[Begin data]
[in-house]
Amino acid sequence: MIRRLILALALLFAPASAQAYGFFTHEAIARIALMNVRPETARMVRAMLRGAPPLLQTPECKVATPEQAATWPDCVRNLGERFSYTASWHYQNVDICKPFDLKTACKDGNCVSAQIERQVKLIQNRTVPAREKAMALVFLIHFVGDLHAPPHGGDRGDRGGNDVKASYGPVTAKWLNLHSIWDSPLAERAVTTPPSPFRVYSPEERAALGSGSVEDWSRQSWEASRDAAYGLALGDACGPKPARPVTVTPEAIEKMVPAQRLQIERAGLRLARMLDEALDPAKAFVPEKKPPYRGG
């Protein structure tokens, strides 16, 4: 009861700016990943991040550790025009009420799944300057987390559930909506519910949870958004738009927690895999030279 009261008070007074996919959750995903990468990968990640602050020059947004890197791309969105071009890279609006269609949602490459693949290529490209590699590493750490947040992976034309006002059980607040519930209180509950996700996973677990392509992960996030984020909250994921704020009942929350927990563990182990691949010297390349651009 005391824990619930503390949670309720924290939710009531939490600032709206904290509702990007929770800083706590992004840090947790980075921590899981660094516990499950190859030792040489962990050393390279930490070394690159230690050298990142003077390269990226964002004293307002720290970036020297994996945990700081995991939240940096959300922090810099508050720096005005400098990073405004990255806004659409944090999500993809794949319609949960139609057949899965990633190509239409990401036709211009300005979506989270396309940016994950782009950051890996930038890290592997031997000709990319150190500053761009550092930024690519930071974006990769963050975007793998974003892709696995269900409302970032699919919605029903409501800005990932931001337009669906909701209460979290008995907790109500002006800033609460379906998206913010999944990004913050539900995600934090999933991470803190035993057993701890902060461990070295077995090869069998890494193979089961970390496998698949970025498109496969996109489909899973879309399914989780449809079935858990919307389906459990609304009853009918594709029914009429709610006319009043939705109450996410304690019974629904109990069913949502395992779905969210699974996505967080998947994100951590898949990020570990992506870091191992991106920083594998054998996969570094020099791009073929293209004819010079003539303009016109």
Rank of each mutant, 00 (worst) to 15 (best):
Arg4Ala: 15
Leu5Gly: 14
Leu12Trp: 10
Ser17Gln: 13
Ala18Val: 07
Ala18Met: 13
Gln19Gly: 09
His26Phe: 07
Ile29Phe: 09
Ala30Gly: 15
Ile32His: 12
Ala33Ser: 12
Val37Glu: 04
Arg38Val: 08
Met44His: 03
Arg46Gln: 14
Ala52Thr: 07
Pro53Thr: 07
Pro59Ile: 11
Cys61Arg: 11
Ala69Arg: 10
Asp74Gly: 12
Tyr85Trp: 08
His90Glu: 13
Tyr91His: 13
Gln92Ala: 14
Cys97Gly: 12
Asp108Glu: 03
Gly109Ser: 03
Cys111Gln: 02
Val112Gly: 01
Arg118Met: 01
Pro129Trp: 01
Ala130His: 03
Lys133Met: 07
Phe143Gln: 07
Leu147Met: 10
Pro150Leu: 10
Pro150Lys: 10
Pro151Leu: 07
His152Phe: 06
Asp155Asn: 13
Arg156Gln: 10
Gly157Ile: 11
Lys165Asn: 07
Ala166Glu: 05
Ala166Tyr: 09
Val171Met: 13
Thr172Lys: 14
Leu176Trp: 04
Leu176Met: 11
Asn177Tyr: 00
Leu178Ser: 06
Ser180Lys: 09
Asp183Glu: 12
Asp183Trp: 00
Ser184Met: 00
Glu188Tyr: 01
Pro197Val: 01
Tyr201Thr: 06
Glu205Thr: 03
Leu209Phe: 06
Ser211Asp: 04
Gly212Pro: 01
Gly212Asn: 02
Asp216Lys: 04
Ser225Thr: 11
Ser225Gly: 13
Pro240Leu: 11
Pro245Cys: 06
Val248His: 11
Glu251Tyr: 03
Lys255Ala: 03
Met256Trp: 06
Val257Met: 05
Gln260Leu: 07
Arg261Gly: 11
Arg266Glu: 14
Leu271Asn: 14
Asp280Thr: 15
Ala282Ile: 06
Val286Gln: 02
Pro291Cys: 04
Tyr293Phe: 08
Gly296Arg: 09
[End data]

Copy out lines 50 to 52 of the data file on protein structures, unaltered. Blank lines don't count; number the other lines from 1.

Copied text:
Ala166Glu: 05
Ala166Tyr: 09
Val171Met: 13